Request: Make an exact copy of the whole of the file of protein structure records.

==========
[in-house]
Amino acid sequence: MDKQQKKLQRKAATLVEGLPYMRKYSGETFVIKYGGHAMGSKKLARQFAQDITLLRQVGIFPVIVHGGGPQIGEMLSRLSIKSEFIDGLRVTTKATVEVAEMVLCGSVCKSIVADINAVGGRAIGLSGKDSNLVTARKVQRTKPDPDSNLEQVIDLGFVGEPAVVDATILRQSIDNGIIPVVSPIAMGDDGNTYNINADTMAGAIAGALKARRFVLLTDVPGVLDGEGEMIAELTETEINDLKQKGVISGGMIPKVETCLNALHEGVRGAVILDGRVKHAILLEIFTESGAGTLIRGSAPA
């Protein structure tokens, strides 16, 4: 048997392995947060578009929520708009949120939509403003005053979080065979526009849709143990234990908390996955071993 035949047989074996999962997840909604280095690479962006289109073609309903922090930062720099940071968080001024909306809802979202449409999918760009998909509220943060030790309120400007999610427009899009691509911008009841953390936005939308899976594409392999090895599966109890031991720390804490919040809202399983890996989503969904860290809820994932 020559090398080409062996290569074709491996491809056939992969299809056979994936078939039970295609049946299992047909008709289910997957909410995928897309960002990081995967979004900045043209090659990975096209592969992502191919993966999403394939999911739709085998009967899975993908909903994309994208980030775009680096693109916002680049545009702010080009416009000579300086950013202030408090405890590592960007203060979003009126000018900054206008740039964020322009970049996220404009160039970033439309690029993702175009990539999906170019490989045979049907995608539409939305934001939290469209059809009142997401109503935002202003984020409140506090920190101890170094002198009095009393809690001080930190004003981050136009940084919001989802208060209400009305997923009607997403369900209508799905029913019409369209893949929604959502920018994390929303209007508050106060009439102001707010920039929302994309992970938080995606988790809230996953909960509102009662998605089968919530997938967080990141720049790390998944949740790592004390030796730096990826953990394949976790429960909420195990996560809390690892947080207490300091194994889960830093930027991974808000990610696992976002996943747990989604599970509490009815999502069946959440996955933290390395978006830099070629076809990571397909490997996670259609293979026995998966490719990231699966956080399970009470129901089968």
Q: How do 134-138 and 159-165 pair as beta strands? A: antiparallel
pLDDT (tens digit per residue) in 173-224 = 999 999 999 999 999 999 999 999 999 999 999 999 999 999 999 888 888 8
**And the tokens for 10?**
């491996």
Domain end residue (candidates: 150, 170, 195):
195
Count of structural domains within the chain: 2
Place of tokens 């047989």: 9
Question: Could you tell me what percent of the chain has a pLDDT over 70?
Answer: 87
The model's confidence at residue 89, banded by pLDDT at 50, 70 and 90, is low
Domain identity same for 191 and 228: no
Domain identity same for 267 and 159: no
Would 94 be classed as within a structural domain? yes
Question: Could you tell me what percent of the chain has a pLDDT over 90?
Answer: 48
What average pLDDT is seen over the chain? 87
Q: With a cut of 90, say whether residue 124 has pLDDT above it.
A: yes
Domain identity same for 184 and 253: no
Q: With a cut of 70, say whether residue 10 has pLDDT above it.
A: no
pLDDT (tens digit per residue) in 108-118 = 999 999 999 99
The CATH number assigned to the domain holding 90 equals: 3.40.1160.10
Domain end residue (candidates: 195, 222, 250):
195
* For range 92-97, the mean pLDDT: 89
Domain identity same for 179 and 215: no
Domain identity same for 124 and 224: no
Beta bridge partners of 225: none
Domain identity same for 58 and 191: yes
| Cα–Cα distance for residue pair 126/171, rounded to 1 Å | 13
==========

[in-house]
Amino acid sequence: MDKQQKKLQRKAATLVEGLPYMRKYSGETFVIKYGGHAMGSKKLARQFAQDITLLRQVGIFPVIVHGGGPQIGEMLSRLSIKSEFIDGLRVTTKATVEVAEMVLCGSVCKSIVADINAVGGRAIGLSGKDSNLVTARKVQRTKPDPDSNLEQVIDLGFVGEPAVVDATILRQSIDNGIIPVVSPIAMGDDGNTYNINADTMAGAIAGALKARRFVLLTDVPGVLDGEGEMIAELTETEINDLKQKGVISGGMIPKVETCLNALHEGVRGAVILDGRVKHAILLEIFTESGAGTLIRGSAPA
């Protein structure tokens, strides 16, 4: 048997392995947060578009929520708009949120939509403003005053979080065979526009849709143990234990908390996955071993 035949047989074996999962997840909604280095690479962006289109073609309903922090930062720099940071968080001024909306809802979202449409999918760009998909509220943060030790309120400007999610427009899009691509911008009841953390936005939308899976594409392999090895599966109890031991720390804490919040809202399983890996989503969904860290809820994932 020559090398080409062996290569074709491996491809056939992969299809056979994936078939039970295609049946299992047909008709289910997957909410995928897309960002990081995967979004900045043209090659990975096209592969992502191919993966999403394939999911739709085998009967899975993908909903994309994208980030775009680096693109916002680049545009702010080009416009000579300086950013202030408090405890590592960007203060979003009126000018900054206008740039964020322009970049996220404009160039970033439309690029993702175009990539999906170019490989045979049907995608539409939305934001939290469209059809009142997401109503935002202003984020409140506090920190101890170094002198009095009393809690001080930190004003981050136009940084919001989802208060209400009305997923009607997403369900209508799905029913019409369209893949929604959502920018994390929303209007508050106060009439102001707010920039929302994309992970938080995606988790809230996953909960509102009662998605089968919530997938967080990141720049790390998944949740790592004390030796730096990826953990394949976790429960909420195990996560809390690892947080207490300091194994889960830093930027991974808000990610696992976002996943747990989604599970509490009815999502069946959440996955933290390395978006830099070629076809990571397909490997996670259609293979026995998966490719990231699966956080399970009470129901089968």
Q: How do 134-138 and 159-165 pair as beta strands? A: antiparallel
pLDDT (tens digit per residue) in 173-224 = 999 999 999 999 999 999 999 999 999 999 999 999 999 999 999 888 888 8
**And the tokens for 10?**
């491996």
Domain end residue (candidates: 150, 170, 195):
195
Count of structural domains within the chain: 2
Place of tokens 């047989």: 9
Question: Could you tell me what percent of the chain has a pLDDT over 70?
Answer: 87
The model's confidence at residue 89, banded by pLDDT at 50, 70 and 90, is low
Domain identity same for 191 and 228: no
Domain identity same for 267 and 159: no
Would 94 be classed as within a structural domain? yes
Question: Could you tell me what percent of the chain has a pLDDT over 90?
Answer: 48
What average pLDDT is seen over the chain? 87
Q: With a cut of 90, say whether residue 124 has pLDDT above it.
A: yes
Domain identity same for 184 and 253: no
Q: With a cut of 70, say whether residue 10 has pLDDT above it.
A: no
pLDDT (tens digit per residue) in 108-118 = 999 999 999 99
The CATH number assigned to the domain holding 90 equals: 3.40.1160.10
Domain end residue (candidates: 195, 222, 250):
195
* For range 92-97, the mean pLDDT: 89
Domain identity same for 179 and 215: no
Domain identity same for 124 and 224: no
Beta bridge partners of 225: none
Domain identity same for 58 and 191: yes
| Cα–Cα distance for residue pair 126/171, rounded to 1 Å | 13